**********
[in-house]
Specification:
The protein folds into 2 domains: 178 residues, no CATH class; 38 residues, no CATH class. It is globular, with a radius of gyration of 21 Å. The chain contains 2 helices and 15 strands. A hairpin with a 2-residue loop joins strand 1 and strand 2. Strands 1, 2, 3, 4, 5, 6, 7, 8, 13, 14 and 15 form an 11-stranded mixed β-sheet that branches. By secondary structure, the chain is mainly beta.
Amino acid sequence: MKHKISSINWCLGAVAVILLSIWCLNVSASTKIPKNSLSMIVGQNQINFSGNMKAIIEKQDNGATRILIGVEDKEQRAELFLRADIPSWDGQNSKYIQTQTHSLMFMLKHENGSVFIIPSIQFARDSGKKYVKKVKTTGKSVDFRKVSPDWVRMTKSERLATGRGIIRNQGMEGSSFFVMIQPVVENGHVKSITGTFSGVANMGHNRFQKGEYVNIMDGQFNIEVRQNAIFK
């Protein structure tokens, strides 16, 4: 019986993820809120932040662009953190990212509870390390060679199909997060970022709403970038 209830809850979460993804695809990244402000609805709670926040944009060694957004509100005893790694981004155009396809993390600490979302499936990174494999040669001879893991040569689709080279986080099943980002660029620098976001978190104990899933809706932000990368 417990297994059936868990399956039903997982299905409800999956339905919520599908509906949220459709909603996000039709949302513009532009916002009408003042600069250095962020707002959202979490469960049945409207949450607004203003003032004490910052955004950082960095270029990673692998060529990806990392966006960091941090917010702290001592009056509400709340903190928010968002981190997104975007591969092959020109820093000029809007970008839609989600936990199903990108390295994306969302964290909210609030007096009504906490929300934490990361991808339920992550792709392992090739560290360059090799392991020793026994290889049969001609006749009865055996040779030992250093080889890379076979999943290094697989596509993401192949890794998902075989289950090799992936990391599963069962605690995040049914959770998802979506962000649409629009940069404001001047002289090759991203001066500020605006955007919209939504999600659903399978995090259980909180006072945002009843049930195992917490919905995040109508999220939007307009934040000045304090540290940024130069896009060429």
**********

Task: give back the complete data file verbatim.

[in-house]
Specification:
The protein folds into 2 domains: 178 residues, no CATH class; 38 residues, no CATH class. It is globular, with a radius of gyration of 21 Å. The chain contains 2 helices and 15 strands. A hairpin with a 2-residue loop joins strand 1 and strand 2. Strands 1, 2, 3, 4, 5, 6, 7, 8, 13, 14 and 15 form an 11-stranded mixed β-sheet that branches. By secondary structure, the chain is mainly beta.
Amino acid sequence: MKHKISSINWCLGAVAVILLSIWCLNVSASTKIPKNSLSMIVGQNQINFSGNMKAIIEKQDNGATRILIGVEDKEQRAELFLRADIPSWDGQNSKYIQTQTHSLMFMLKHENGSVFIIPSIQFARDSGKKYVKKVKTTGKSVDFRKVSPDWVRMTKSERLATGRGIIRNQGMEGSSFFVMIQPVVENGHVKSITGTFSGVANMGHNRFQKGEYVNIMDGQFNIEVRQNAIFK
């Protein structure tokens, strides 16, 4: 019986993820809120932040662009953190990212509870390390060679199909997060970022709403970038 209830809850979460993804695809990244402000609805709670926040944009060694957004509100005893790694981004155009396809993390600490979302499936990174494999040669001879893991040569689709080279986080099943980002660029620098976001978190104990899933809706932000990368 417990297994059936868990399956039903997982299905409800999956339905919520599908509906949220459709909603996000039709949302513009532009916002009408003042600069250095962020707002959202979490469960049945409207949450607004203003003032004490910052955004950082960095270029990673692998060529990806990392966006960091941090917010702290001592009056509400709340903190928010968002981190997104975007591969092959020109820093000029809007970008839609989600936990199903990108390295994306969302964290909210609030007096009504906490929300934490990361991808339920992550792709392992090739560290360059090799392991020793026994290889049969001609006749009865055996040779030992250093080889890379076979999943290094697989596509993401192949890794998902075989289950090799992936990391599963069962605690995040049914959770998802979506962000649409629009940069404001001047002289090759991203001066500020605006955007919209939504999600659903399978995090259980909180006072945002009843049930195992917490919905995040109508999220939007307009934040000045304090540290940024130069896009060429």